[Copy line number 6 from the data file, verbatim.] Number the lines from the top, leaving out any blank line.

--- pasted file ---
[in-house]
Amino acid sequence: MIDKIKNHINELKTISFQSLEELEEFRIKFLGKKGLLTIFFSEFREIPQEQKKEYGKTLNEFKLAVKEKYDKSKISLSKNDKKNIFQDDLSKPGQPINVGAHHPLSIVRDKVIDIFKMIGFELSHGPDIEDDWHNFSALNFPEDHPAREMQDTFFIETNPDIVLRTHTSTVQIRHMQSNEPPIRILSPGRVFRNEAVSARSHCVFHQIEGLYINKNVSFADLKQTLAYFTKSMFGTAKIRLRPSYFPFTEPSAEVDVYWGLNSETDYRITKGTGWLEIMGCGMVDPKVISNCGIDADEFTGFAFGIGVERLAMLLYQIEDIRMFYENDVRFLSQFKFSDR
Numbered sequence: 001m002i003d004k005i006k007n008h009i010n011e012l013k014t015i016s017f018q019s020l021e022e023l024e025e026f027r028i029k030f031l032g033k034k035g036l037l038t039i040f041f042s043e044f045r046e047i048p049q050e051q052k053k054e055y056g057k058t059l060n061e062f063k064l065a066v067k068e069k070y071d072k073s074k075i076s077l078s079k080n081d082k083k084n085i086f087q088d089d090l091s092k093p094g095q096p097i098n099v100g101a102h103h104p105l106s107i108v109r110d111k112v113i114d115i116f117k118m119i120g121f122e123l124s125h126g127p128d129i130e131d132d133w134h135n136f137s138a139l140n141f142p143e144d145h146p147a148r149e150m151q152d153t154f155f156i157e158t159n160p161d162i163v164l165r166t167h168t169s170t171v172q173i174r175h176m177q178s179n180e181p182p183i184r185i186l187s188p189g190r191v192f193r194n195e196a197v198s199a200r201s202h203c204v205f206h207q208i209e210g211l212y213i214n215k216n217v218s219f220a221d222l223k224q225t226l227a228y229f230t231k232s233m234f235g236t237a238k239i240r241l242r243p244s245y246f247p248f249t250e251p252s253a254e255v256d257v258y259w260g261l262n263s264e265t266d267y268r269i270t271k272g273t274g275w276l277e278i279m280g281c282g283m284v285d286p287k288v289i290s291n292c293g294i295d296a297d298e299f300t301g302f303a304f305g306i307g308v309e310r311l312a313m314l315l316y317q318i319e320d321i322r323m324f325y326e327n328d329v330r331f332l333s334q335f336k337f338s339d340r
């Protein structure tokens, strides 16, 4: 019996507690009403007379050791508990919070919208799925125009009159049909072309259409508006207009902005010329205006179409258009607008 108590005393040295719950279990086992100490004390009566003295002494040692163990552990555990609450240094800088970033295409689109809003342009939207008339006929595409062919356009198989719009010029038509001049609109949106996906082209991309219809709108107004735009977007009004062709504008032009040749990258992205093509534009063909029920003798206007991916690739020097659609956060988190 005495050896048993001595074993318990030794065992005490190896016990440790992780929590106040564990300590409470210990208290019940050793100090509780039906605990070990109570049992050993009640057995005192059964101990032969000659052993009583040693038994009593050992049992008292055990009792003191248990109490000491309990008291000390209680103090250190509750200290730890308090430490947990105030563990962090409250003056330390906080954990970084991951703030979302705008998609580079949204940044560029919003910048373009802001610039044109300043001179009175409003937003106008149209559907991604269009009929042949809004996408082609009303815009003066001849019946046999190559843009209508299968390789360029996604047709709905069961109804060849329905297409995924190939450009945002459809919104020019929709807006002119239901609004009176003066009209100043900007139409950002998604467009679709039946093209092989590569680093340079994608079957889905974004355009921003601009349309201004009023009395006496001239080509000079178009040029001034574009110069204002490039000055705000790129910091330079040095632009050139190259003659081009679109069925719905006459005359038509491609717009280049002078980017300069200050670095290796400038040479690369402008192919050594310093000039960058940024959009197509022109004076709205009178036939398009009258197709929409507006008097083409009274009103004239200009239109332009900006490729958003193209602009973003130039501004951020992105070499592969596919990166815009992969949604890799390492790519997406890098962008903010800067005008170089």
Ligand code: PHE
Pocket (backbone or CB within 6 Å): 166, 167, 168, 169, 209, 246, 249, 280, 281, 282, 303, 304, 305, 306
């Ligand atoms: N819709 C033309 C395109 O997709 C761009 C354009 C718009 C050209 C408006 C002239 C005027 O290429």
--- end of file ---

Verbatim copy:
Pocket (backbone or CB within 6 Å): 166, 167, 168, 169, 209, 246, 249, 280, 281, 282, 303, 304, 305, 306